Month: June 2013

“Death of a Citizen” by Donald Hamilton

matthelmVague memories of a Matt Helm movie as played by Dean Martin or some square-jawed male star from the Sixties. If I recall, the film was sexist and dimwitted. Maybe my memory fails. Maybe it was a TV thing, not sure.

Hamilton’s books are sure to be better.

Donald Hamilton was a good writer. A journeyman and a pro. A WWII vet. Started his paperback writing with Westerns, as did Elmore Leonard.

This novel in the Helm series (often recommended as the best one) doesn’t exactly start with a sizzling pace. Several chapters in, everyone is still hanging around the same dinner party that began the book.  The narrative voice is first person repetitive, sometimes overstated.  It came with the times. Back then, commercial writers made sure everyone got it.

But as the beginning dragged on, I wondered: Have things always been so damned exciting in New Mexico?

Not all is torpid. The descriptions of the “secret organization” are entertaining. You know, that secret organization to which Helm and the pretty gal in the black dress at the party are committed. This is the pretty gal who he just happens to encounter after all those years and who he had big espionage adventures and a roll in the hay with and who now taunts him with her beauty and darting eyes right in front of his wife.  And there are engaging scenes between man and wife. One notable moment occurs when the narrator’s description of how, in general, a lady always looks better after a party when she’s a bit worn out. This is about the extent of the suspenseful action in the opening fifty pages — until a woman (the citizen we assume) is found dead in Helms’ place, and he is set up. 

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“The Deep Blue Good-by”: John D. MacDonald

deepbluegoodbye“It’s right up your alley,” the pretty coworker said when she gave me a book, twenty years ago.

What color it was I don’t recall; it wasn’t the deep blue one shown here- maybe it was lime green or yellow. I do remember that the author was John D. MacDonald, and it was a Florida book, mainstream variety. It sat in my bookcase a few years and eventually found its way into the donation bag, unread. My mistake.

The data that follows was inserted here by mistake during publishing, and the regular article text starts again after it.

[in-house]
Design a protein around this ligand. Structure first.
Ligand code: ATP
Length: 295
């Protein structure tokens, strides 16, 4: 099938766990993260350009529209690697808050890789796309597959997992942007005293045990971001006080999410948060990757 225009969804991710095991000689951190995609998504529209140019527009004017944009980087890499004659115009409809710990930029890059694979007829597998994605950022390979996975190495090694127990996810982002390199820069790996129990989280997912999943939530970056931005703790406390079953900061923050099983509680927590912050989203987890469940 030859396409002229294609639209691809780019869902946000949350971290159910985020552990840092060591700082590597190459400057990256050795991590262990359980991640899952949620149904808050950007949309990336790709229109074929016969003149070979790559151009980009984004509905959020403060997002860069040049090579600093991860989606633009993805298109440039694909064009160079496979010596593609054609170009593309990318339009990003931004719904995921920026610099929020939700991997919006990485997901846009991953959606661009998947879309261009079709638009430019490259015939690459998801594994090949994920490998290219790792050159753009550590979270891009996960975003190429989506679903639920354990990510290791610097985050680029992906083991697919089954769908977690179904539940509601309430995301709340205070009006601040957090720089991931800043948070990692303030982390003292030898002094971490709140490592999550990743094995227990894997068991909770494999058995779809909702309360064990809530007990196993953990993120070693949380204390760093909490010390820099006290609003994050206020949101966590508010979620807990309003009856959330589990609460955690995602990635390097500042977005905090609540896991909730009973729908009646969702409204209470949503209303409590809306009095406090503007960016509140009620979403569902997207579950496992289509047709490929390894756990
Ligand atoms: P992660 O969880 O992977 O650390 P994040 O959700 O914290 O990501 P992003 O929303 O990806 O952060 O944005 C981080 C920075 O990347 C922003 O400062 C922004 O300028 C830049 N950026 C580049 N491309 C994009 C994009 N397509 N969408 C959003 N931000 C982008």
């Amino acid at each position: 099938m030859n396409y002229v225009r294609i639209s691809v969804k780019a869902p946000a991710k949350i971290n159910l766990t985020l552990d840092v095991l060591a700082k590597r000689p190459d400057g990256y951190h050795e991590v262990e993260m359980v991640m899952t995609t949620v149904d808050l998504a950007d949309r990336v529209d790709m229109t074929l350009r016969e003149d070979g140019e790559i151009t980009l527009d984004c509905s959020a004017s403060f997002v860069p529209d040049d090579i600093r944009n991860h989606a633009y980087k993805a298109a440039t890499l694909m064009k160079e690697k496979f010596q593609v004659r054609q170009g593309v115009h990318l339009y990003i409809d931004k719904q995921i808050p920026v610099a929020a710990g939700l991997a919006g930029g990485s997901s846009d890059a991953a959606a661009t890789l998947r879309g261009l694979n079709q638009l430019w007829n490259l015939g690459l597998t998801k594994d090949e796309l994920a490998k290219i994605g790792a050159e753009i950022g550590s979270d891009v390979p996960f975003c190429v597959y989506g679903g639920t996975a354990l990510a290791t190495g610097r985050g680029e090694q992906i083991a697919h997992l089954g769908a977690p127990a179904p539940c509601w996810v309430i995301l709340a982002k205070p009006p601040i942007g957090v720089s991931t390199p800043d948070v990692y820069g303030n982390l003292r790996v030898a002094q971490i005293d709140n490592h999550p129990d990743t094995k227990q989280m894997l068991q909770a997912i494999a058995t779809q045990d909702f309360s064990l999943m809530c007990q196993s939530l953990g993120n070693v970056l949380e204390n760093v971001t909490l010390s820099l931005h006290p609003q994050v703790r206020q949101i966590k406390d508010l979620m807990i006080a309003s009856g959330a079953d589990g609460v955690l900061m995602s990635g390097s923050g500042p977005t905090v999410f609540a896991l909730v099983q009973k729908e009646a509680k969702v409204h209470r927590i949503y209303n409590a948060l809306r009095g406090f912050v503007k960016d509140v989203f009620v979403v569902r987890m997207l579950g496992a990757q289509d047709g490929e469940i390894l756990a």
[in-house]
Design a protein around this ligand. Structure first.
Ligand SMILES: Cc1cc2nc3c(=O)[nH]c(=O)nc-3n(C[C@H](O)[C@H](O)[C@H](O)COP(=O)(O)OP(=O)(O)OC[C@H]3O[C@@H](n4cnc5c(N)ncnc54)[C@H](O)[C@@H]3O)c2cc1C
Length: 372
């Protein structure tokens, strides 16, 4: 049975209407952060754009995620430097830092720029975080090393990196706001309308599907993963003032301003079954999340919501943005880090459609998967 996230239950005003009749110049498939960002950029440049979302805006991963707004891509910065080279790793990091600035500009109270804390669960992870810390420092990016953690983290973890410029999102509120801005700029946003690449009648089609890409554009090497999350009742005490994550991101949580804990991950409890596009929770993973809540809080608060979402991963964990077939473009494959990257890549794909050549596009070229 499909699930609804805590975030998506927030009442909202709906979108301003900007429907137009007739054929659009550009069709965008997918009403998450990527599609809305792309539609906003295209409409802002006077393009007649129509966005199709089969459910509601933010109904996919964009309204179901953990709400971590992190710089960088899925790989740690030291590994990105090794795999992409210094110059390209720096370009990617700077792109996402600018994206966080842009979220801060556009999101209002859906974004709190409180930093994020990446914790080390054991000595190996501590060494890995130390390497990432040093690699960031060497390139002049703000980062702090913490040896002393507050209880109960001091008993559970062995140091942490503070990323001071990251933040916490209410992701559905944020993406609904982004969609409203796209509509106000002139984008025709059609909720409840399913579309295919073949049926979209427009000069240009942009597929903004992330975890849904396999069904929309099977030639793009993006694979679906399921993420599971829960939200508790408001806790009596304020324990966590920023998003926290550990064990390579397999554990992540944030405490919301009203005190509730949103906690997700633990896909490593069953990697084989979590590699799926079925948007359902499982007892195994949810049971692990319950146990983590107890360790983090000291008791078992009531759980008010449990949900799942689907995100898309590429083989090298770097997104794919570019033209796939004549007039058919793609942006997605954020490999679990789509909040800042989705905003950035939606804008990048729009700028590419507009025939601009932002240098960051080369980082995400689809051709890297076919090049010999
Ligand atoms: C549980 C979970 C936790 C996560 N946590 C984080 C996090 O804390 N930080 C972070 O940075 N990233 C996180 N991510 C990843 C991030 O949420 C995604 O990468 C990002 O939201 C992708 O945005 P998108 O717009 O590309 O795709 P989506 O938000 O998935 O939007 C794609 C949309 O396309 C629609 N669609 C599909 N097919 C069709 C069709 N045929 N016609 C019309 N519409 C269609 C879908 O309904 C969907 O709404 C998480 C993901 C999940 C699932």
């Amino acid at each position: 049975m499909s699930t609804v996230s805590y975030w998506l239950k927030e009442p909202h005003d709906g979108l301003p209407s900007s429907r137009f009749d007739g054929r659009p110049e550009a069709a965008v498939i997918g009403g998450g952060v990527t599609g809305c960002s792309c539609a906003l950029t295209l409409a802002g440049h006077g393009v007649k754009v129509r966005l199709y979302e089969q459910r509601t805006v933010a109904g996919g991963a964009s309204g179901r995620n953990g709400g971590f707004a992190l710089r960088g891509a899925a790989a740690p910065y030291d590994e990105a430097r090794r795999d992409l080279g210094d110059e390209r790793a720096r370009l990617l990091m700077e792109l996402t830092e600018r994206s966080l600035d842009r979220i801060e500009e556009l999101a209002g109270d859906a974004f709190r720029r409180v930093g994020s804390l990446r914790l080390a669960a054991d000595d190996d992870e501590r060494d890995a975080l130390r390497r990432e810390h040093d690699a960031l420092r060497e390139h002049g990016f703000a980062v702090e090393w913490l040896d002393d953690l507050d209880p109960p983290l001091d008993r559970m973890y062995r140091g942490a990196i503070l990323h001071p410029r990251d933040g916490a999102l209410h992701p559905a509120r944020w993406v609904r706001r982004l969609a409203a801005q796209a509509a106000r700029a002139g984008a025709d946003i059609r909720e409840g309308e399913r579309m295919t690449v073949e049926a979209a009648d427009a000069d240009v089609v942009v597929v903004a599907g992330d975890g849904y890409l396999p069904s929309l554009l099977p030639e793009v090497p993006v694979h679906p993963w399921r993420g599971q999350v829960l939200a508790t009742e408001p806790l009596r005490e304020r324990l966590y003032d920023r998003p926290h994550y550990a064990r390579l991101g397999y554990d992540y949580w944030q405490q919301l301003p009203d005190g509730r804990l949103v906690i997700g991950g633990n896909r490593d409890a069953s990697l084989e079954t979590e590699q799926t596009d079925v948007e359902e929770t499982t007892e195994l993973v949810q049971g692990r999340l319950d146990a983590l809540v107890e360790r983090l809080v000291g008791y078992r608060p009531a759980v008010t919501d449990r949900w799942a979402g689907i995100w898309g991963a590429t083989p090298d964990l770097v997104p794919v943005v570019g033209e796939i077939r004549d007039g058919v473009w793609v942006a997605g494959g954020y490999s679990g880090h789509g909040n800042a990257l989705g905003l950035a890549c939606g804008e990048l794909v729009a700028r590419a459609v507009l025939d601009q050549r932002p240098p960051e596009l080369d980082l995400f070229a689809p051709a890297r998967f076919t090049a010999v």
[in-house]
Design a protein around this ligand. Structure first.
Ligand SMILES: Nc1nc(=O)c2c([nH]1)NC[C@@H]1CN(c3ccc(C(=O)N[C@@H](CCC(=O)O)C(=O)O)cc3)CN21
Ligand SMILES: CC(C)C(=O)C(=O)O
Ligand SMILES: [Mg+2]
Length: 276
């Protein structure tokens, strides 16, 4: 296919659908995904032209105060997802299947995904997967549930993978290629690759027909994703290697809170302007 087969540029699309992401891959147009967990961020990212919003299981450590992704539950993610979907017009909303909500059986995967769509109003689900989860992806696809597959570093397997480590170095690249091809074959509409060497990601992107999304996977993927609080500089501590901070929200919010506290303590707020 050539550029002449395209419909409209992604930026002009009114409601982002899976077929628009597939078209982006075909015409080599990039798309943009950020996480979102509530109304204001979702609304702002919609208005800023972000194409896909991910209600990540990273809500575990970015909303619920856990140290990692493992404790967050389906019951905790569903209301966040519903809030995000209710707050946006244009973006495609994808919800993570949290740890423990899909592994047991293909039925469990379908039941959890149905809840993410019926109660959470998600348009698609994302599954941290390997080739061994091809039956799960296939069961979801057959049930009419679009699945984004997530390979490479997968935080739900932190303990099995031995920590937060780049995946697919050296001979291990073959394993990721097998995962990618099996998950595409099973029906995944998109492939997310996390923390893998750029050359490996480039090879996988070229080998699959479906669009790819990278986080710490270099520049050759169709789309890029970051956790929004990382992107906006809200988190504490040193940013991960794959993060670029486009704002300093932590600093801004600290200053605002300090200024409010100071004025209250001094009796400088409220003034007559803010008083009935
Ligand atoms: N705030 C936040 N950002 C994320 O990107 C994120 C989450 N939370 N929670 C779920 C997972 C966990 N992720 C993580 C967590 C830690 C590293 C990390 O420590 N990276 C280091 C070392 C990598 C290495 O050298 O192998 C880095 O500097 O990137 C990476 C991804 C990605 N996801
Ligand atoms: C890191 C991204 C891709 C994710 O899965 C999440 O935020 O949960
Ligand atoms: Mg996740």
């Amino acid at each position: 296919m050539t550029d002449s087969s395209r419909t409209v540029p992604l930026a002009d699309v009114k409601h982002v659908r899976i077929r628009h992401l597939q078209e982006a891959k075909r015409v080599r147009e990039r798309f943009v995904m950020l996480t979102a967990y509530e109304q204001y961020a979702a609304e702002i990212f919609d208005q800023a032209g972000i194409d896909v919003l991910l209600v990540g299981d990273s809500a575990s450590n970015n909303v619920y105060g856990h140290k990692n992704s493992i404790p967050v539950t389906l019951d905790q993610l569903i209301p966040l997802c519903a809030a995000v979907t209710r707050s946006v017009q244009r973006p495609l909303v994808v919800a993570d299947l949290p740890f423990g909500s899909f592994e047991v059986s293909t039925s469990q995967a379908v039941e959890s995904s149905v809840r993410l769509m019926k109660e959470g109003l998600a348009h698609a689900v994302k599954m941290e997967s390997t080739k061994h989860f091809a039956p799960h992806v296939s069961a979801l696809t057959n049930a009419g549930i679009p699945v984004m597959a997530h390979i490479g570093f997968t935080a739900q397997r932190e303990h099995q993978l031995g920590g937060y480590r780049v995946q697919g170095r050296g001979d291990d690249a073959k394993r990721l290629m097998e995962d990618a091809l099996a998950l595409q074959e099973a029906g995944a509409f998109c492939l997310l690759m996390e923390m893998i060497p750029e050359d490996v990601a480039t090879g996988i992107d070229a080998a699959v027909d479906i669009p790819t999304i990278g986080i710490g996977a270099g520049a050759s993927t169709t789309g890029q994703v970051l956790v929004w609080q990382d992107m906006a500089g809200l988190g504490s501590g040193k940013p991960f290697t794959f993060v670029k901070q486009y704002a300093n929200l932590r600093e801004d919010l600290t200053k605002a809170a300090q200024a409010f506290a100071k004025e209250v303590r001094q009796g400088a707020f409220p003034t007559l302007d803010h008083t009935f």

After the recent rigor of reading “The Flame Throwers” and other literati books, this is now the reading summer that includes so-called Middle-Grade fiction. Within that is the school of the Hardboiled. I chose Travis McGee as my first hero to read. He’s not a cop and not a private eye nor secret agent. He’s a “salvage consultant,” after the money and the adventure.

I started with first novel of the series. There’s a ton of great stuff, informal real world stuff packed inside, a fair share of it artful description by Trav about himself. The stuff is woven into a simple story of increasing tension featuring one helluva bad guy named Junior Allen. There are Lauderdale dock hounds and various hucksters and drunks. And girls and women. Plenty of women, from South Florida tourist girl bimbos, to yacht candy gals, to a sensible wise friend and dancer type, to victimized trailer park honeys, burger joint waitresses, alkies, and beyond.

The most important female in the book , as it turns out, is Patty Devlan, the young innocente who McGee saves, rescuing her with her virtue in tact. But this is not the girl he gets. She’s way too young. She is solely representative of his moral imperative. He was falling for another one, and she…well, that would tell too much.

McGee is an opinionated narrator, often buttressing his descriptions of people and actions with micro-essays about macro topics. The guy could really use space. He could tell a thousand words in a few hundred. MacDonald wraps in trips to the Texas Rio Valley and to New York, both of which would induce chapters of considerable length from us mortal writers. But MacDonald can give us the Rio Valley in two pages or so. We’re there. He became my kindred spirit. I’ve been to that area and tried to write it numerous times. His depiction is brief, redolent and spot-on.

The novel runs about 300 pages and is loaded with terrific writing. Of the pulp authors I’ve read (and I admire Chandler most) MacDonald’s the consummate professional writer and the most honest one. A detail guy, and an astute observer.

As of last week there’s a bottle of Boodles Gin on the bar table. I’m going to read a few more McGee’s before the summer’s over.  If I had only paid attention to my friend at work…